This is the first major crisis of the globalized, securitized world. It is also the first crisis in the real economy in the just-in-time, globally connected world. And so there are a lot of things to be said about globalization as the underlying phenomenon, in all of this. Should we see globalization as a recent phenomenon or has history got important lessons for us? Globalization, when you reflect on it, is a very old phenomenon; it is not a recent one. It may have gone into overdrive recently, but it actually is as old in its initial instincts as human experience is. All the evidence is that from the very first, human beings, when they met each other as they spread out around the planet, they did one of two things. They either fought or they traded. The history books have concentrated an awful lot on the former and perhaps not enough on the latter. There is plenty of evidence from centuries before the time of Christ, for example, of trade across the Mediterranean, of objects being found in the Mediterranean that could only have come from places like Scotland and vice versa.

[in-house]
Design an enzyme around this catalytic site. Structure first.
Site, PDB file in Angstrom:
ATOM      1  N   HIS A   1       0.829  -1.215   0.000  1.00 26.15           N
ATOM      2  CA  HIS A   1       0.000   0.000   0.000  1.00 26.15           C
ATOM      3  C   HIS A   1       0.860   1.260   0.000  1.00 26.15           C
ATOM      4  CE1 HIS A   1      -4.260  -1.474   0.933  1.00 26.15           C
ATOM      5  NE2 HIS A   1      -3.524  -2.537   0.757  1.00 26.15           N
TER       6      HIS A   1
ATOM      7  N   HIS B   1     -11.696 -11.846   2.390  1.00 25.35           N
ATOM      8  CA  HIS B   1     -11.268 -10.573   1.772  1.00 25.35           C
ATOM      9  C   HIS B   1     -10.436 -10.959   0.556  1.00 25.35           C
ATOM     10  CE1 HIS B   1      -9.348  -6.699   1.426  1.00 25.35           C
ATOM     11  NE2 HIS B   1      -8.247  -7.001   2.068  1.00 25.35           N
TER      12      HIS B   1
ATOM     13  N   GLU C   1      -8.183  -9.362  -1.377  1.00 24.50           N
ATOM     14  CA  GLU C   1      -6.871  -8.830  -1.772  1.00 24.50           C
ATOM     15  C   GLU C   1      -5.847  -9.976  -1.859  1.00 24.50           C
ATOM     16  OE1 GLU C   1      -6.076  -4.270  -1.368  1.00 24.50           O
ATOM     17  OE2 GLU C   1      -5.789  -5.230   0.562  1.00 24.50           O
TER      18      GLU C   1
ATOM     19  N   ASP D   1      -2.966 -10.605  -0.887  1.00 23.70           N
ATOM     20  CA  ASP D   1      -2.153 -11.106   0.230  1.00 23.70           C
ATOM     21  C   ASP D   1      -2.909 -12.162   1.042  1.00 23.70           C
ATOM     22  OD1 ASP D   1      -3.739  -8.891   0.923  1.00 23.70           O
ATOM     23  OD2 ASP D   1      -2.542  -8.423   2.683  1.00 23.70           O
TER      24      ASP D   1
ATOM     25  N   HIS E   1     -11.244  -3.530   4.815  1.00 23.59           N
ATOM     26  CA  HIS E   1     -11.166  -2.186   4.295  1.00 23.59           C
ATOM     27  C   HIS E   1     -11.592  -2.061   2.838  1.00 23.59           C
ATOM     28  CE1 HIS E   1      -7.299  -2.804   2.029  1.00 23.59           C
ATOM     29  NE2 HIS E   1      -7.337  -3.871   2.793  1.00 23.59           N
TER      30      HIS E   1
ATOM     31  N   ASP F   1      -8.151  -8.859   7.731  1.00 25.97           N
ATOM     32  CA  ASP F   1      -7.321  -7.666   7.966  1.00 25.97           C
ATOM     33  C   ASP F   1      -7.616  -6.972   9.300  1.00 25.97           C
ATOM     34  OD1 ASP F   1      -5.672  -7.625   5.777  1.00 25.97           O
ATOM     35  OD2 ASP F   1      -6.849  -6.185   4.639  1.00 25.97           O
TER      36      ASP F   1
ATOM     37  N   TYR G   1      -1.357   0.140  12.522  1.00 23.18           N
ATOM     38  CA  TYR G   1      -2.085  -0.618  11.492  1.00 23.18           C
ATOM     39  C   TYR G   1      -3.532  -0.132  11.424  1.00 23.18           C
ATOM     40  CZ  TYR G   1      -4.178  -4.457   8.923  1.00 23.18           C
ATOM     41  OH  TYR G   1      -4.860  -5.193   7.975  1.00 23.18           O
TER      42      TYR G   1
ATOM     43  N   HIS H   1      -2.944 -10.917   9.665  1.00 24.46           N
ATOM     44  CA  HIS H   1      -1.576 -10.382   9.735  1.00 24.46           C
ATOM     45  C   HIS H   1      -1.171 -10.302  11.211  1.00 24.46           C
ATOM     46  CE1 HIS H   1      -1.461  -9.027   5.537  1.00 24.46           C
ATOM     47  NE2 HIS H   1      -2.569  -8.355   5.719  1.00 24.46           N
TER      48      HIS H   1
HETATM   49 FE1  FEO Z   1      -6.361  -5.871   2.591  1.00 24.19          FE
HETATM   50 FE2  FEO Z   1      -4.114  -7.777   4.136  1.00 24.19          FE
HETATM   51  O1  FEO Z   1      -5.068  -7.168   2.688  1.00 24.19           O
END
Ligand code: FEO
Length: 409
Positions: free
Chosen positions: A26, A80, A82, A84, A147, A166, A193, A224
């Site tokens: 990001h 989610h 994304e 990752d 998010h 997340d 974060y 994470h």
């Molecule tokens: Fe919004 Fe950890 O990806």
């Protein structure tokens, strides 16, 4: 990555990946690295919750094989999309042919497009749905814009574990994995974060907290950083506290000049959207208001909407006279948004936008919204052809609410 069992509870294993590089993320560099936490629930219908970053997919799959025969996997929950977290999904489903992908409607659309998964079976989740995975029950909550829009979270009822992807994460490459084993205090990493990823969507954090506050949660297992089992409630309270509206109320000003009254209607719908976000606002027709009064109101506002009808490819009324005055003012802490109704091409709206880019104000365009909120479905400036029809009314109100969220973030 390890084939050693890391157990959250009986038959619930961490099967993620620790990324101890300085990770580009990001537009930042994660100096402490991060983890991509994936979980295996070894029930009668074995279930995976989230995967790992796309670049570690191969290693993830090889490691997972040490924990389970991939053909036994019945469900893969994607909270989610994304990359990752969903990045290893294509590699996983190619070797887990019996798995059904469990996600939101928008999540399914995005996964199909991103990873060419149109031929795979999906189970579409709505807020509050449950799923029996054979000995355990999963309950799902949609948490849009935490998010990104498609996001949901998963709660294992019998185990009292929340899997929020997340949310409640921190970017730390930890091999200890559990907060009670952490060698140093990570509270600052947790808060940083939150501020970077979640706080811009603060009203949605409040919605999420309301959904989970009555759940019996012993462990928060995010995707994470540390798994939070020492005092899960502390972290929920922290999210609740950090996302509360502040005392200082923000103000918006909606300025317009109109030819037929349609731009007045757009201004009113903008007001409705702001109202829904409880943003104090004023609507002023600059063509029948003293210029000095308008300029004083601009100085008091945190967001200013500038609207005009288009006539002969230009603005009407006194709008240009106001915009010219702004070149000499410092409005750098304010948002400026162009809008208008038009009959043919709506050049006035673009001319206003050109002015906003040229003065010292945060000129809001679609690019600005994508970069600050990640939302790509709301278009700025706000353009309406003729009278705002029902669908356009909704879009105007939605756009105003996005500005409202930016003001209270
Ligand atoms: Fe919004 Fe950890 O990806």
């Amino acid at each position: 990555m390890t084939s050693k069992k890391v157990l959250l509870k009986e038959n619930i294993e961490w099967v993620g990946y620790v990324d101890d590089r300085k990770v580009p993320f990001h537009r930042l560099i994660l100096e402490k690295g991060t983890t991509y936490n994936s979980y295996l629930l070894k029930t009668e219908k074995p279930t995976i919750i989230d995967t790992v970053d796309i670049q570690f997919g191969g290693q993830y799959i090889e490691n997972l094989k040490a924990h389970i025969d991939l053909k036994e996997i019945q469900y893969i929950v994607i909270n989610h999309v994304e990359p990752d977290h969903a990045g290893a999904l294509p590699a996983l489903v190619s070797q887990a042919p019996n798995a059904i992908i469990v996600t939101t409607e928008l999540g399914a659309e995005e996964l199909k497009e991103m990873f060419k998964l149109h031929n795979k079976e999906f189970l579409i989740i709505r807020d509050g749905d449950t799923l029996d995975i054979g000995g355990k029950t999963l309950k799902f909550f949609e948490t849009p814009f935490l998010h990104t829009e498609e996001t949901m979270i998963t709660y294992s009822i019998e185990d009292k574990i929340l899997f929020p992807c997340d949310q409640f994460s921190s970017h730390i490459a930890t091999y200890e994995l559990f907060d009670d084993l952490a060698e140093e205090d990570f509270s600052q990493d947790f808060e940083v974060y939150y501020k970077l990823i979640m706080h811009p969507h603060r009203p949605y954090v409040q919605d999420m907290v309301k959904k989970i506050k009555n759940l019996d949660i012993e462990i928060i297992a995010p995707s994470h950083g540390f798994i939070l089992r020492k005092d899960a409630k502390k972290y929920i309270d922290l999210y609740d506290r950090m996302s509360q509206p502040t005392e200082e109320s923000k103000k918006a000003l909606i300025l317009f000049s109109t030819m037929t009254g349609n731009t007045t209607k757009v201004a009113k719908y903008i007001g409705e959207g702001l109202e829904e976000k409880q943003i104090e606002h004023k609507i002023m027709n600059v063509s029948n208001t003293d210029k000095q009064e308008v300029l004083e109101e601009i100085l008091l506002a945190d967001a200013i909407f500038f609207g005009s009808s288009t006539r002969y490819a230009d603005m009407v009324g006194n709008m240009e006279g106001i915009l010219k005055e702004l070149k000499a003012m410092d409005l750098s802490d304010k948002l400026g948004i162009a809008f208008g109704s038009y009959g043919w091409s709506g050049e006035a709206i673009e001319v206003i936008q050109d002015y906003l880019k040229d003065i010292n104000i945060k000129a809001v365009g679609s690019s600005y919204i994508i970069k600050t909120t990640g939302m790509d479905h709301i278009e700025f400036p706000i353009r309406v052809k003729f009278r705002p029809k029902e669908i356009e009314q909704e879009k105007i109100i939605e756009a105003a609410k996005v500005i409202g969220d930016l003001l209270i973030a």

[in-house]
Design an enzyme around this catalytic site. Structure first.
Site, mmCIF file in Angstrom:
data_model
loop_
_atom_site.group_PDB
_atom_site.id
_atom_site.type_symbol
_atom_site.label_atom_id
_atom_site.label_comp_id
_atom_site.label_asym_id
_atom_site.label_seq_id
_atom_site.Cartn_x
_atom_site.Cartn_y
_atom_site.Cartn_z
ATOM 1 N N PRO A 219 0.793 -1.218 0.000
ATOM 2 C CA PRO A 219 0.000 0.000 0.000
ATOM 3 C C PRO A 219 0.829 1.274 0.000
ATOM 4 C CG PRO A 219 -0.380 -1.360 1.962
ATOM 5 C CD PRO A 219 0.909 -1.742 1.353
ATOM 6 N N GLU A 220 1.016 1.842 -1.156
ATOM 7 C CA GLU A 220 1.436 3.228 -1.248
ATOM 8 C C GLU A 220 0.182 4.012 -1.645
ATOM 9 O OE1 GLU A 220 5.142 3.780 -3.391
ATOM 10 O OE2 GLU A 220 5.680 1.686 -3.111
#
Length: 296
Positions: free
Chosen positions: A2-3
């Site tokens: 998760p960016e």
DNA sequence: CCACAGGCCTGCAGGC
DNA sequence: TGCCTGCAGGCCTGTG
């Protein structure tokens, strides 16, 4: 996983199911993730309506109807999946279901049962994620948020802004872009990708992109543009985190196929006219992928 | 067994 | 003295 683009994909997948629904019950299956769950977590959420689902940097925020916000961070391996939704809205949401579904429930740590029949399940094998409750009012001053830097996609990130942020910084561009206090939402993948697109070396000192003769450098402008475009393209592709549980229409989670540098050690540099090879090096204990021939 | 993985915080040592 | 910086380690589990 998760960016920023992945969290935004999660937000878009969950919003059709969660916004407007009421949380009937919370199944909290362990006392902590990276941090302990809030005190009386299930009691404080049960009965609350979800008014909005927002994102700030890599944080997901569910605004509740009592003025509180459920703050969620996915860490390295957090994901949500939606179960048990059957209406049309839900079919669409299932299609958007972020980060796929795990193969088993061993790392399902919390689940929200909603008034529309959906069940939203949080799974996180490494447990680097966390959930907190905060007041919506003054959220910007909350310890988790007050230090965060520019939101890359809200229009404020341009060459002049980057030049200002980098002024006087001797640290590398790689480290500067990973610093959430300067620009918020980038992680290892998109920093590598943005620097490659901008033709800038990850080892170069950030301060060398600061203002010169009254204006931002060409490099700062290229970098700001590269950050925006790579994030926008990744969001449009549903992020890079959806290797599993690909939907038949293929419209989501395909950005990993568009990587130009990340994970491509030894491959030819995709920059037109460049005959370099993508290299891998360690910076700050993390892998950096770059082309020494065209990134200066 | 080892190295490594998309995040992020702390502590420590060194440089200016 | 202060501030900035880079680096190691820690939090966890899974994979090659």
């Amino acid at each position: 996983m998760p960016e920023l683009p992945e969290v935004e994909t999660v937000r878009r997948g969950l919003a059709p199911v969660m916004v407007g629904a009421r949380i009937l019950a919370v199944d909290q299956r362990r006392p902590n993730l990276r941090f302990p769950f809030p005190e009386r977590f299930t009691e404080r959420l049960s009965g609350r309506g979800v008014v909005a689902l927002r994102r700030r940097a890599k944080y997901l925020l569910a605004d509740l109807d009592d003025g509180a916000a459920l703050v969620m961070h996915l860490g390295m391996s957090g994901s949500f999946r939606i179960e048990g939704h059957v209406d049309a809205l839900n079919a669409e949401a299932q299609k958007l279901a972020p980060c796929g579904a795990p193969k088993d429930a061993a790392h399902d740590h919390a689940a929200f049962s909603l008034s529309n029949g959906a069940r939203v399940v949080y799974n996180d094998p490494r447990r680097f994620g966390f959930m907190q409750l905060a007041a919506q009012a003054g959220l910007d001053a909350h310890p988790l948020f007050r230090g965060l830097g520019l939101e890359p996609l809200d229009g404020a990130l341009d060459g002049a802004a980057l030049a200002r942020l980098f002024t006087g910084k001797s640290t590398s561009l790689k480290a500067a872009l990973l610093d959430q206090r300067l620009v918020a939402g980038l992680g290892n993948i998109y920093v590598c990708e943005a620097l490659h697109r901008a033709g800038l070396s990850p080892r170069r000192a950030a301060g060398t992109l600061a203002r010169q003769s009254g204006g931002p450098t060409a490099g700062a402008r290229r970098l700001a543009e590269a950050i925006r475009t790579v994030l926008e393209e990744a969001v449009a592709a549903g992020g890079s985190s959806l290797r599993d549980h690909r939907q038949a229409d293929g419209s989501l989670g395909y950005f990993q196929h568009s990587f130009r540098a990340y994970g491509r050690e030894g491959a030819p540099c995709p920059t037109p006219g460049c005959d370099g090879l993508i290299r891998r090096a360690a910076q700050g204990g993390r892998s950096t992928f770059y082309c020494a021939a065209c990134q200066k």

CG: Talking of Scotland, what are your thoughts on Adam Smith’s contribution to this debate?

SG: As Adam Smith put it, there is a propensity in humankind which goes back to these earliest beginnings to truck, to barter and to trade. Of course, throughout most of human history, that was on a fairly simple scale and very limited in its implications for what people did. But as time went by the degree of trading intensity around the world increased and so did one other major phenomenon which went with it – and is in my view inextricably linked to it – and that is urbanization. Urbanization has also gone into overdrive recently but, again, has its origins very early in human times: cities being developed at river crossings, at natural harbors, on trading routes and so forth. And that has gone on through human history to the point where for the first time more than half of the world’s population now lives in cities. And, if you project out those trends, then by 2050 something like 80 percent of the world’s population will live in cities.